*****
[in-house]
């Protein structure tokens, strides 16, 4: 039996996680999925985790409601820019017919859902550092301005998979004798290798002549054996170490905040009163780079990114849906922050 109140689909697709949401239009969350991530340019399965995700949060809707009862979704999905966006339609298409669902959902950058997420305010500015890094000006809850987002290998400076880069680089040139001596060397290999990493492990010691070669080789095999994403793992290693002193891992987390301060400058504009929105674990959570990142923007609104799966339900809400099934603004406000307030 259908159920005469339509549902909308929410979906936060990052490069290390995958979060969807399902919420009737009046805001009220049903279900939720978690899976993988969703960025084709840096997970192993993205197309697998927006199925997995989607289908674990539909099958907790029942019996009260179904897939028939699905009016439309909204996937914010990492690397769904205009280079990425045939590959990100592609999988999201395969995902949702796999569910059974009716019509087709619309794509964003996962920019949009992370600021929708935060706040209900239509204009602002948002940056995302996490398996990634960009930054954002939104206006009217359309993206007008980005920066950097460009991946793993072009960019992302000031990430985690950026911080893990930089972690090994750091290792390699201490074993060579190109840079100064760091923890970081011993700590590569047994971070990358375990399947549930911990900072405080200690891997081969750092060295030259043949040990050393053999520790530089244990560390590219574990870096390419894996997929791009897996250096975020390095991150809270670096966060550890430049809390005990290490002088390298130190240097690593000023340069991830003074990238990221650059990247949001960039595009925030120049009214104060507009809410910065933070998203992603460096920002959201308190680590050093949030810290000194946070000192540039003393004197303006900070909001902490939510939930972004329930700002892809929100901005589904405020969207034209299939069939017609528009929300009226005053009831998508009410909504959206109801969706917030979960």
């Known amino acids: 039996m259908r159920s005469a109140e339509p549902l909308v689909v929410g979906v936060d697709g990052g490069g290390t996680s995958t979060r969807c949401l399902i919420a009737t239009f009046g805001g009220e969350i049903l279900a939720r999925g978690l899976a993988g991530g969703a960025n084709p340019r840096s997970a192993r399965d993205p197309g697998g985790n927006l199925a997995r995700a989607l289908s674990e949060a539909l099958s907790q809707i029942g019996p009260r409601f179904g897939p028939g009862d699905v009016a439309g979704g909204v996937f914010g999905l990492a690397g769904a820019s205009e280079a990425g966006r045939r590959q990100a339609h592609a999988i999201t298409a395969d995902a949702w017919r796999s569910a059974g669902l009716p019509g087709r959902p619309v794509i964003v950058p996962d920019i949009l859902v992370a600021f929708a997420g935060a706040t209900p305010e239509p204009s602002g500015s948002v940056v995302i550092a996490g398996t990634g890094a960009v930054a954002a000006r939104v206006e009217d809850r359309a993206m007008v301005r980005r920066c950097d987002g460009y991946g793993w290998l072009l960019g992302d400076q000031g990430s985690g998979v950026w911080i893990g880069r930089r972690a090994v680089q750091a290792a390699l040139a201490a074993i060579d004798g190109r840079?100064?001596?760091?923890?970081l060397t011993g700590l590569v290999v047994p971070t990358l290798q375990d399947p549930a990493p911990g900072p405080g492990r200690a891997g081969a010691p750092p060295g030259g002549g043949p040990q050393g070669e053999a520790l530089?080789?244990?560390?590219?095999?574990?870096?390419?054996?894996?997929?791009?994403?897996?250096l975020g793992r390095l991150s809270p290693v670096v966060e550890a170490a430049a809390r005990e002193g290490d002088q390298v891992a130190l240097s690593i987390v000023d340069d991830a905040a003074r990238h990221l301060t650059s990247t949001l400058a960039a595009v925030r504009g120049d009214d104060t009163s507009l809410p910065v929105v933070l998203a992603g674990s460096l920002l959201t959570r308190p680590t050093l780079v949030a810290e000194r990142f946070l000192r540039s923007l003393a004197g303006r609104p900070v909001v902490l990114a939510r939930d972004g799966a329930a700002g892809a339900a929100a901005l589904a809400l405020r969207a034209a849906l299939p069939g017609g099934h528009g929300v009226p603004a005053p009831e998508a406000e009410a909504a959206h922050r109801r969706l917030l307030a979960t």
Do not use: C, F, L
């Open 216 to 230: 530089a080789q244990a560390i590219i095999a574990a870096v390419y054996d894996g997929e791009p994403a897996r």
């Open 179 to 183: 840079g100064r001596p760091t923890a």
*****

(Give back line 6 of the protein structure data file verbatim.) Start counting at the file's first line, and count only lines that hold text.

């Open 179 to 183: 840079g100064r001596p760091t923890a």